Christians in Israel enjoy a higher level of religious freedom than in most other countries in the Middle East, although, being a Jewish state, Jewish citizens receive preferential treatment. Messianic Jews and those who convert from Judaism to Christianity may be branded traitors by ultra-orthodox Jewish organisations, while converts from a . . . Read More

Ivory Coast

After years of political conflict, the October 2015 elections were said by Freedom House to be “arguably the freest, fairest and most peaceful in the country’s history”. However, the legacy of past violence looms large, and there have been several recent examples of increasing Islamist militancy, such as the killing . . . Read More


Jordan has long been one of the Middle East’s more religiously open countries, but the tide is turning. Expatriate Christians and historical Christian communities are relatively free – as long as they do not evangelise Muslims. But Christians from Muslim backgrounds face serious oppression from local authorities, Muslim religious leaders . . . Read More


Kazakhstan’s repressive government seeks to control all areas of life. Religious freedom has been further restricted by recent legislation, while the government is using the threat of militant Islam as a pretext to clamp down. Converts to Christianity from a Muslim background come under the most pressure – from the government, . . . Read More


Most Kenyans are Christian, but violence against Christians has increased in recent years – predominantly at the hands of Islamist militant group Al-Shabaab, which continues to target Christians in regions near the border with Somalia, where the group is based. Militants cross into Kenya to raid towns or attack buses, . . . Read More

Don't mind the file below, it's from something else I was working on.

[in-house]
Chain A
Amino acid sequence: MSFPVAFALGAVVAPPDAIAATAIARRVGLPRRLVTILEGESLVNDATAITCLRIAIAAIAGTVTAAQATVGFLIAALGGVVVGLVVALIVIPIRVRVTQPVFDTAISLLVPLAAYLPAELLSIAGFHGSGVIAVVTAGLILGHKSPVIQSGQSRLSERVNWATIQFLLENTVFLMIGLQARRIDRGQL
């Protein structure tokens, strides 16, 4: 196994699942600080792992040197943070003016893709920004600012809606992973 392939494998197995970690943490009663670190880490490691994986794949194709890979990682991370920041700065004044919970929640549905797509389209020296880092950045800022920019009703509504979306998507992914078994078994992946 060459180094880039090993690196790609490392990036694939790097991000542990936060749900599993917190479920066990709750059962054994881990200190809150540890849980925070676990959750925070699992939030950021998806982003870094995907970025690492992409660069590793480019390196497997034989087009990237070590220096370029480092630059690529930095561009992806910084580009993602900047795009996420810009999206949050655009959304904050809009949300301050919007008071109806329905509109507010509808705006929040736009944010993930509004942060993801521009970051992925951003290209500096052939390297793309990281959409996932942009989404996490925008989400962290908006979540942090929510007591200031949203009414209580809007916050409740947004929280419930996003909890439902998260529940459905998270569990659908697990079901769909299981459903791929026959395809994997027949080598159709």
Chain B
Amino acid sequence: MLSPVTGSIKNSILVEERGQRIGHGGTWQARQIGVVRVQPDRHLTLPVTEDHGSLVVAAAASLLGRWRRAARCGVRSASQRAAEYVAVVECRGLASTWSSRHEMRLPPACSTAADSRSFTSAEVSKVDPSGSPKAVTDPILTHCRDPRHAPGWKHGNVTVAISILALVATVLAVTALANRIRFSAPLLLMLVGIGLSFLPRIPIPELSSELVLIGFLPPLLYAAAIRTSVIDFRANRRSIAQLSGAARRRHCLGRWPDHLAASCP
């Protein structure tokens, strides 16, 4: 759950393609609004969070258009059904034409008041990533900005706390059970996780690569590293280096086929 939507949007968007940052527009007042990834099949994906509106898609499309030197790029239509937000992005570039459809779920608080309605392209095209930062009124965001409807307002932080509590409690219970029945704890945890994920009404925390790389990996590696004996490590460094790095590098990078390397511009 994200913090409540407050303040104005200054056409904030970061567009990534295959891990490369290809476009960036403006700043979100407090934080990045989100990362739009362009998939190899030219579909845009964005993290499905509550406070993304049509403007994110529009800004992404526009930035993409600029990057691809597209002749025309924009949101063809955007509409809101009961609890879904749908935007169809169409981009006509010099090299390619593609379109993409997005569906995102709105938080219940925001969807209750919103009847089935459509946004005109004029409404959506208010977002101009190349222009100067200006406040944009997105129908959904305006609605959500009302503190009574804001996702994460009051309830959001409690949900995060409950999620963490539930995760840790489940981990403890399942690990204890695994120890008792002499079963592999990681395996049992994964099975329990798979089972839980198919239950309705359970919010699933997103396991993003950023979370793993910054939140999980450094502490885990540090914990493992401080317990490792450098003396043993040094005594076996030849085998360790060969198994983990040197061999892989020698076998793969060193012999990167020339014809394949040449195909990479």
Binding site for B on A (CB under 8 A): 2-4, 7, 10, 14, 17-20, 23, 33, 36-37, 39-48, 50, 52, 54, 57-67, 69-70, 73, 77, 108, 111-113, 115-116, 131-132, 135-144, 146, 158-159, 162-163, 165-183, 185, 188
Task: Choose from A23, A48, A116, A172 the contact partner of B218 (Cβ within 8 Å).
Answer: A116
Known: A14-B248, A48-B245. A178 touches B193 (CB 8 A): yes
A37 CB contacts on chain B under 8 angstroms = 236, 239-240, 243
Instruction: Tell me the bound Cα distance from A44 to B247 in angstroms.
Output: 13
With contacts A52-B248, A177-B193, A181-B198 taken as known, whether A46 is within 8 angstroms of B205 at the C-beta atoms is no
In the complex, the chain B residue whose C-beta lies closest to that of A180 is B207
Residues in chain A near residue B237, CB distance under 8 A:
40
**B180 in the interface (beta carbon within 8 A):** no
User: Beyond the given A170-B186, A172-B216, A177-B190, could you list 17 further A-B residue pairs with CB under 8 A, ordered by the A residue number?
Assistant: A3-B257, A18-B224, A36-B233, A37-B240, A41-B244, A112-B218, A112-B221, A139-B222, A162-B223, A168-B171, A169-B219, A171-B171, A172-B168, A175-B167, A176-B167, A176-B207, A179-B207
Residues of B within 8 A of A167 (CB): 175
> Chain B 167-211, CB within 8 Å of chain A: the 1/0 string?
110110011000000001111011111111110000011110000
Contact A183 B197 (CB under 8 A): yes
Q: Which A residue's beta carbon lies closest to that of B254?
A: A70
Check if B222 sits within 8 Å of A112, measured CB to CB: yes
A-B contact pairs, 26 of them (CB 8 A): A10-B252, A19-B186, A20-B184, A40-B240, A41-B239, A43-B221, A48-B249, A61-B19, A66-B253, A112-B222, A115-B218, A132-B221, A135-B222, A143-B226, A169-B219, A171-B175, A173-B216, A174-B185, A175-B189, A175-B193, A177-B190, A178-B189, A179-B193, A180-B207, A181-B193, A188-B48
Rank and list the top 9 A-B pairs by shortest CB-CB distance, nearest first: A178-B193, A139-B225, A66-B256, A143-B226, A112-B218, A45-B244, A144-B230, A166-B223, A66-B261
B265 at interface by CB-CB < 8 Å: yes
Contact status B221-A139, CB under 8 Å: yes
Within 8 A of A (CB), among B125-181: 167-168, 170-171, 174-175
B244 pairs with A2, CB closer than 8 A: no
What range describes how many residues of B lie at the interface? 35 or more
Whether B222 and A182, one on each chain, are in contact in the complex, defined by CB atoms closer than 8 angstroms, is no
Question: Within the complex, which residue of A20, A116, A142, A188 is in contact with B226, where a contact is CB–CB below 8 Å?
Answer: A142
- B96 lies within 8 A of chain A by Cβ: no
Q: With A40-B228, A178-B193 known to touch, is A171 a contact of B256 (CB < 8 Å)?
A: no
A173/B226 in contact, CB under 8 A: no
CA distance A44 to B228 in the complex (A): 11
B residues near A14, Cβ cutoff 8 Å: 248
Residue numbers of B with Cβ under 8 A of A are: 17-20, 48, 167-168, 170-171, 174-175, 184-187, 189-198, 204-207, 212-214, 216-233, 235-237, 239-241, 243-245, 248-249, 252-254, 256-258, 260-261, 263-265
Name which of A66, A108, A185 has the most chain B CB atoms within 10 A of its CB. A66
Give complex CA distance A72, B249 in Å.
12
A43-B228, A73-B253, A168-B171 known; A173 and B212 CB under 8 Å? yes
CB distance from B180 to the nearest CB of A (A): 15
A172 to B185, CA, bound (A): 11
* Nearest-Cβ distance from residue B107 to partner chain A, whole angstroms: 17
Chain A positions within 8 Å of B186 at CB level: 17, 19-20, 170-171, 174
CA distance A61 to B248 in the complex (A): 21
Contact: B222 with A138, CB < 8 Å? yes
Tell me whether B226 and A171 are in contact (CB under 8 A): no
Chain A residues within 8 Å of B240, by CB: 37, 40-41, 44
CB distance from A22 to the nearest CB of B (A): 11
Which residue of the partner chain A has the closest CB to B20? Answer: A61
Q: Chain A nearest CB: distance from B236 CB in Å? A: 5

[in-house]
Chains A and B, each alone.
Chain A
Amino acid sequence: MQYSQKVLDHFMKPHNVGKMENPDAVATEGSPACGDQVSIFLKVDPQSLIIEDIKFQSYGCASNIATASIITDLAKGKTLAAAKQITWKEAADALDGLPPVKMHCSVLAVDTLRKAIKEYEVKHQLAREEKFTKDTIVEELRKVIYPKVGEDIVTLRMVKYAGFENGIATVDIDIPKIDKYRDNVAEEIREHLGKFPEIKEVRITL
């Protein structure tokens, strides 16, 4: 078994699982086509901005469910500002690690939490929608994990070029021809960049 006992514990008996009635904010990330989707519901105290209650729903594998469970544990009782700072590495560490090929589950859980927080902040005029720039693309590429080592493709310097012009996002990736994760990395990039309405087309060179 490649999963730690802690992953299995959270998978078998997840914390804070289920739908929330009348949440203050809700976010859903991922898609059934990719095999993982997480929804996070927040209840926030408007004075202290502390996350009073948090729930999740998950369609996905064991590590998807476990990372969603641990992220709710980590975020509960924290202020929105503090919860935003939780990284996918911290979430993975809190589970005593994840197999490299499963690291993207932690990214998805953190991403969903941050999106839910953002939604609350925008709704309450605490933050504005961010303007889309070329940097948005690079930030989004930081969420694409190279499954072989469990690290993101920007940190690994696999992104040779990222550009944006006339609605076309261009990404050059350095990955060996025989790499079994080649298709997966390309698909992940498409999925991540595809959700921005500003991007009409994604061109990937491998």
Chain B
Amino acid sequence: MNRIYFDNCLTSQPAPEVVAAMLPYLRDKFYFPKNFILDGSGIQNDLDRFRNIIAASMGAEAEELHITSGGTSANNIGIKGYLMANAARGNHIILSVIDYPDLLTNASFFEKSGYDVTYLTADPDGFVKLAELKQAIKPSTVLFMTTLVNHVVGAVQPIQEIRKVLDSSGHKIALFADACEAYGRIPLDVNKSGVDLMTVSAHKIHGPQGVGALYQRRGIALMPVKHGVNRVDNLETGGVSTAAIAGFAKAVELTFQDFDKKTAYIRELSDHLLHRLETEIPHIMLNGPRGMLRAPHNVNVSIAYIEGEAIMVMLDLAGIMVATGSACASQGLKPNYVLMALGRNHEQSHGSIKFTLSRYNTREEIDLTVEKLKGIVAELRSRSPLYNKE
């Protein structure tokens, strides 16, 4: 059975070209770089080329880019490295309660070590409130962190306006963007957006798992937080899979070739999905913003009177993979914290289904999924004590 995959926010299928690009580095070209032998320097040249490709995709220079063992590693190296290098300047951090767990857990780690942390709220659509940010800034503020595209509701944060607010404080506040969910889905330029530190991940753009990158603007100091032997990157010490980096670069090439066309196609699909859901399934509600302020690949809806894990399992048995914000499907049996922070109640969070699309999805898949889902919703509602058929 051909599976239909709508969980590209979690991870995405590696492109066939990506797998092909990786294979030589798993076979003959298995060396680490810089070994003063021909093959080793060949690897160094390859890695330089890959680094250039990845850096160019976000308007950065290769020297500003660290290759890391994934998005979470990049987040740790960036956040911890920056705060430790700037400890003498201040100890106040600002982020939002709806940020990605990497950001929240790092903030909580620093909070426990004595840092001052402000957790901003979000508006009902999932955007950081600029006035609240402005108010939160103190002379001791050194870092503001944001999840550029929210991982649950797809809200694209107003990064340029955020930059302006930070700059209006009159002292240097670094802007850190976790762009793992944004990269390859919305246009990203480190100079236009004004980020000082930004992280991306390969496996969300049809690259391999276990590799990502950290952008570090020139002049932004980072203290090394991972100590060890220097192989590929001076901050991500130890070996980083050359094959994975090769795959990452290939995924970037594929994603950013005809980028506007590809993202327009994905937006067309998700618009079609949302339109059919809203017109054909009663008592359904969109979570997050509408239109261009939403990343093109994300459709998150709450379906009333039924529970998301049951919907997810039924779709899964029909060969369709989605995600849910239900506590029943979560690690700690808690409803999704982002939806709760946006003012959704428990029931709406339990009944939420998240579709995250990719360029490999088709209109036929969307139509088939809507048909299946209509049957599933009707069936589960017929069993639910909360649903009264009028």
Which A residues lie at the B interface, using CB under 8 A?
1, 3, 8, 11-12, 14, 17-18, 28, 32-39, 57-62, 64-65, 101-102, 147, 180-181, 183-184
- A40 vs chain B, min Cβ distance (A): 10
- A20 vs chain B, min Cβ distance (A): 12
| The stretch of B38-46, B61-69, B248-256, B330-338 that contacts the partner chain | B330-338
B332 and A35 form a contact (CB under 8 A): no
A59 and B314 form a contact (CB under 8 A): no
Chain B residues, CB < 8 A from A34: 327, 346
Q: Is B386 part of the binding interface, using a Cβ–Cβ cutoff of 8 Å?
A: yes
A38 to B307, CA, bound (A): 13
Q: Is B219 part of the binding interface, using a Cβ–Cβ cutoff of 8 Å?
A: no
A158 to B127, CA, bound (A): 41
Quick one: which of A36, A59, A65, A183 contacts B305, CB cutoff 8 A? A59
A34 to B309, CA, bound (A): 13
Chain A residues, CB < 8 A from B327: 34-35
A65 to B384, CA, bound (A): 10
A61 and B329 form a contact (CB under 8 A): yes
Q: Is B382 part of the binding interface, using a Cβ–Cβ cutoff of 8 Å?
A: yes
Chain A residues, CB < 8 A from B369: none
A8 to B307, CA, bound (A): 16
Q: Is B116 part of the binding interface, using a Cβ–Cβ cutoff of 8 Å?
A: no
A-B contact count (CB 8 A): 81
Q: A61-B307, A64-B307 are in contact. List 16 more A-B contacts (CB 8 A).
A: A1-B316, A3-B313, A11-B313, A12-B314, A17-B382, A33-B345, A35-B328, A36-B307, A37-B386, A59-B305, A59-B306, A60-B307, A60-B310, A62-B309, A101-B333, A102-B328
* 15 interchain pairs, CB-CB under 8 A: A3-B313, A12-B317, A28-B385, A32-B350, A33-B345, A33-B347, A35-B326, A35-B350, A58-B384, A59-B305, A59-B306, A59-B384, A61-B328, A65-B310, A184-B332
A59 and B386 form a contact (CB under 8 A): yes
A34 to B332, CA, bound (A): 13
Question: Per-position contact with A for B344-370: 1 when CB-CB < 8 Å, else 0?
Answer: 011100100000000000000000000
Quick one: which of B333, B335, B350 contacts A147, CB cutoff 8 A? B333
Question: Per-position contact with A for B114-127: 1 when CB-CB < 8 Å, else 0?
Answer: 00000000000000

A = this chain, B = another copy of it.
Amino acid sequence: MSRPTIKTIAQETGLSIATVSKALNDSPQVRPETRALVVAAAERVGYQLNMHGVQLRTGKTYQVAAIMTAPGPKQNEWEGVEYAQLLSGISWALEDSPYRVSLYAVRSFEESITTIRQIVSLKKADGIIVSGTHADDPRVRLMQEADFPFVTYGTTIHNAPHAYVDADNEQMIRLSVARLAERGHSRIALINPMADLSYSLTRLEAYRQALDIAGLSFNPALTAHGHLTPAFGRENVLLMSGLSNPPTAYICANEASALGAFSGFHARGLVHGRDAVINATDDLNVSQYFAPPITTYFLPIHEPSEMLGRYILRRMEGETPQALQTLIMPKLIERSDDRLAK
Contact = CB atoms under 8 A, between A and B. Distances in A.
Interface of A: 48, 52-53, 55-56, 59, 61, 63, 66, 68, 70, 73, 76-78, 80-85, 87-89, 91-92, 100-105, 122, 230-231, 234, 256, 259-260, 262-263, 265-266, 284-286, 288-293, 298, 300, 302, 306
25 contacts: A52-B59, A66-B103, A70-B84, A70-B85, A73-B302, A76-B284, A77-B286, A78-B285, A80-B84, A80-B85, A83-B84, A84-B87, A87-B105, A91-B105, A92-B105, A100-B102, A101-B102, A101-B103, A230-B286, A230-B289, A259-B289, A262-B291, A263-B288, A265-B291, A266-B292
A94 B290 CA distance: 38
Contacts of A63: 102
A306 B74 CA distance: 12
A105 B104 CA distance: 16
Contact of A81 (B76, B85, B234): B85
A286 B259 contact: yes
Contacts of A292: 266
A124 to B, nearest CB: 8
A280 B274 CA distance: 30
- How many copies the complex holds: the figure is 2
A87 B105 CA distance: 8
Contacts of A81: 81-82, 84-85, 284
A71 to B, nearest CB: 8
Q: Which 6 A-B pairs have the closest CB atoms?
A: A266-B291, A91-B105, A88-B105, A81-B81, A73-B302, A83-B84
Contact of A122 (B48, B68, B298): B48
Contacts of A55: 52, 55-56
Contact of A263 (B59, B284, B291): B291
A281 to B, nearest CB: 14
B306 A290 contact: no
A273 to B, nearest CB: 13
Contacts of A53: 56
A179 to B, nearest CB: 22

The atmosphere in Kuwait is becoming increasingly hostile – though not yet violent – towards non-Muslims. Islamic law prescribes a wide range of rules for personal, family and community life. Christians from Muslim backgrounds are seen as second-class, foreigners and infidels, and are prevented from participating in community activities. Expatriate . . . Read More


Starting with the 2005 Tulip revolution, a bloodless overthrow of the communist regime, Kyrgyzstan’s democratically elected government is unique in the Central Asia region. Kyrgyzstan is predominantly Muslim – mainly folk Islam in the countryside – but there is increasing radicalisation, with more than 330 Kyrgyz citizens known to have . . . Read More


Christianity is viewed as a “Western ideology” in Laos, and those who adhere to it are considered foreign agents and enemies. The Marxist-Leninist government monitors all churches, and its permission is required for all conversions, evangelism and church activities. Christian converts from Buddhism or animism are seen to bring shame . . . Read More


Complex, besieged and dysfunctional on many levels (it took 29 months to break a deadlock and pick a president), Lebanon nonetheless is an open society where freedoms of the press, assembly, expression, and religion are protected by law. Since the end of its 15-year civil war in 1990, Christians and . . . Read More


Since the fall of Muammar Gaddafi in October 2011, Libya has been reduced to chaos, with Islamist groups filling the power vacuum left by the former dictator. It was in Libya in February 2015 that 20 Egyptian Copts and a Ghanaian were beheaded by the Islamic State group. Only a . . . Read More